A continuation/vaguely enlightened reflection on a previous post.

So. Cookies and sessions. Why would you use one or the other? Well, I did some researched and have compiled some reasons why.

Cookies

Pro:

  • Can be set for a duration of your choosing

  • Does not necessarily end when the browser session ends

  • Data is not saved in server side so it does not have to be managed

Con:

  • Stored client-side so the data can be manipulated by a user to ill-effect

  • Not as safe for that reason and because cookies can be stolen and injected

  • Browsers can restrict or reject cookies, so functionality could fail if the system depends on cookies and the user is blocking them

  • Size restriction–can’t hold massive amounts of data as it is typically limited to a few kb

Sessions

Pro

  • Data stored server side so it is more secure

  • Safer from user manipulation

  • Tighter control over the particular data

  • Can hold larger sets of data without a limit

Con

  • Expires when browser is closed

  • Server has to deal with keeping all the data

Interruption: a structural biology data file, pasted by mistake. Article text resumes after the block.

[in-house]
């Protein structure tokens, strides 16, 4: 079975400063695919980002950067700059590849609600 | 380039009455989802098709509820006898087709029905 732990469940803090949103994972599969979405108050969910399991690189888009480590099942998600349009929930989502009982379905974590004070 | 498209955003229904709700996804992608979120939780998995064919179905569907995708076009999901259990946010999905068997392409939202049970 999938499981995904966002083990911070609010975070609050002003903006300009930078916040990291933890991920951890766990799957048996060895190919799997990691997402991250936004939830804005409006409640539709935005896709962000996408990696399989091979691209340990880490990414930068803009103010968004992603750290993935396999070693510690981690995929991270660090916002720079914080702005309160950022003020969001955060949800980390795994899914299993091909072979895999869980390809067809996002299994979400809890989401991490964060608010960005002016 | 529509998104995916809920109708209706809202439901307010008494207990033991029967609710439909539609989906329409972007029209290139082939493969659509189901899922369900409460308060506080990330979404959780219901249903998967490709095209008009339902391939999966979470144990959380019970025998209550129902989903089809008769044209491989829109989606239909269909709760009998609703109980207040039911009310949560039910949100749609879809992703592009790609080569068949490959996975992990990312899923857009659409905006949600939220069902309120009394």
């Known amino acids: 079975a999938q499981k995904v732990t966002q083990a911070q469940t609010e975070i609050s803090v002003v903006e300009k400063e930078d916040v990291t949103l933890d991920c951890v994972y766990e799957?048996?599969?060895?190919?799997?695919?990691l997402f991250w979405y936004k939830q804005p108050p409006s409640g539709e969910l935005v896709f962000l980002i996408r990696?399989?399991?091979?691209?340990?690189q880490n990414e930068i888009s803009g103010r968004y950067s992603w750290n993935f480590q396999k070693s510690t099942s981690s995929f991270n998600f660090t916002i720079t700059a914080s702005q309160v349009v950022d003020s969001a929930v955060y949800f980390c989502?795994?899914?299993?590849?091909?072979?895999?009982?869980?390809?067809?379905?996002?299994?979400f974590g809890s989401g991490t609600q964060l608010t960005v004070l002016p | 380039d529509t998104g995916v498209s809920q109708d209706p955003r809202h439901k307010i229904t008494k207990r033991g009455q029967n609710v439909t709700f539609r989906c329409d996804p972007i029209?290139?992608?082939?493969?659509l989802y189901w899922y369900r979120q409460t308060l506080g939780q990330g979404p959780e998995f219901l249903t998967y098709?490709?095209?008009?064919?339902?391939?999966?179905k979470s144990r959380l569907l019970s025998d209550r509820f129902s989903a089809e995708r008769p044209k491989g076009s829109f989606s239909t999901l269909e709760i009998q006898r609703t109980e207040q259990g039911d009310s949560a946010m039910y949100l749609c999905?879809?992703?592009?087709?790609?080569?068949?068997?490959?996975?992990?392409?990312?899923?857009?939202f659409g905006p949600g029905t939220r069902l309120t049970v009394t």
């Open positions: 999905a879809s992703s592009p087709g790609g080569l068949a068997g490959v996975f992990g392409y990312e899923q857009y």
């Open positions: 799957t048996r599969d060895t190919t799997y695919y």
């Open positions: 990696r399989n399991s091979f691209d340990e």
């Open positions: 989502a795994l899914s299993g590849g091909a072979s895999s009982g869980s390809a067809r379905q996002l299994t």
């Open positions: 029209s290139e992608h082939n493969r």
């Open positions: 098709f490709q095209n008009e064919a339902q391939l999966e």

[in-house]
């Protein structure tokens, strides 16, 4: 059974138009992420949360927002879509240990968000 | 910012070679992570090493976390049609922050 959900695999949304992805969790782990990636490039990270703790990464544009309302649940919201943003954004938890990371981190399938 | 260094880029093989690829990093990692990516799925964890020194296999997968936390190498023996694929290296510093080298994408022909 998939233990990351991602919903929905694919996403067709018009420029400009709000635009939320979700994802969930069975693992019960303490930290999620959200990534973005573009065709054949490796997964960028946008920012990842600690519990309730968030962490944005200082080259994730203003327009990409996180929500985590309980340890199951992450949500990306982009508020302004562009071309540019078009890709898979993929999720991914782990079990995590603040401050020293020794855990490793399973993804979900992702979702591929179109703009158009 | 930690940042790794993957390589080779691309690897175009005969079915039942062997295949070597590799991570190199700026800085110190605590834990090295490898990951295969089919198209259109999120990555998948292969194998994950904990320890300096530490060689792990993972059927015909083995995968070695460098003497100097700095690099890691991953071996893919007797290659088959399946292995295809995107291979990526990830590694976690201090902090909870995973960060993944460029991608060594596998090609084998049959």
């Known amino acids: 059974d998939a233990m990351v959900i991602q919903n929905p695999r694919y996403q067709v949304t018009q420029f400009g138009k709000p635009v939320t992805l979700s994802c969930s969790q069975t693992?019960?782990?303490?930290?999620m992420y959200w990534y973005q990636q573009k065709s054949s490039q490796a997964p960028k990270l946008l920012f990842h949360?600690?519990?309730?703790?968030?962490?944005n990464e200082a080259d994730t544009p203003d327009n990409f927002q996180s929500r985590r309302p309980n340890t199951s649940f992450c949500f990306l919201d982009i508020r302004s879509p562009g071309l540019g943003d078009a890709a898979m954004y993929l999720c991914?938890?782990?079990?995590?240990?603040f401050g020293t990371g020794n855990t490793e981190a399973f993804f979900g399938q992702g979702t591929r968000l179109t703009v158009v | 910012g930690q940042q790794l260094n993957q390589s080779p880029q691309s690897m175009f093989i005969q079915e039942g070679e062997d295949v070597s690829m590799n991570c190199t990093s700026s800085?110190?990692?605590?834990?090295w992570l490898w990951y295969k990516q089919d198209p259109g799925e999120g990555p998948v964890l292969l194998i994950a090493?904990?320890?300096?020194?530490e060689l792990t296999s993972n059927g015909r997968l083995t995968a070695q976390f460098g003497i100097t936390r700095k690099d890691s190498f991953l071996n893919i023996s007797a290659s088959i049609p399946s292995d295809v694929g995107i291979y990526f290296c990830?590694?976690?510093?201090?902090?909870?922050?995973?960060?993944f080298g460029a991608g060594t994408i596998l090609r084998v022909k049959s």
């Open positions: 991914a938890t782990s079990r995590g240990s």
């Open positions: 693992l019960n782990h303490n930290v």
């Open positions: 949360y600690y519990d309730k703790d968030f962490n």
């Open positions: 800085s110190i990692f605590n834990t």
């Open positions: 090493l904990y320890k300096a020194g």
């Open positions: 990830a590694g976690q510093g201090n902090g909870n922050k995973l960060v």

So there are some of the reasons to use or not to use either sessions or cookies. If you want to store login data of some sort, like a cookie saying the person has been logged in, a cookie with an expiration date of some arbitrary long length of time would be best. But the sensitive data of the login would need to remain on the server, safe from manipulation. Sessions are seemingly more preferable, for the sake of being able to be used by the most amount of users, as Cookies can be blocked and deleted by users. But for the case of keeping a person logged in, cookies are still good and there are, as one can experience on various websites, ways of getting around that by having cookies and sessions doing the same thing.

Looking into the benefits/drawbacks of both methods of persisting data was very illuminating. It made me see them in a different light and from other perspectives, especially with the security and manipulating part, which I had forgotten to consider. I don’t think one is better than the other in any general-case—they each have their specific uses.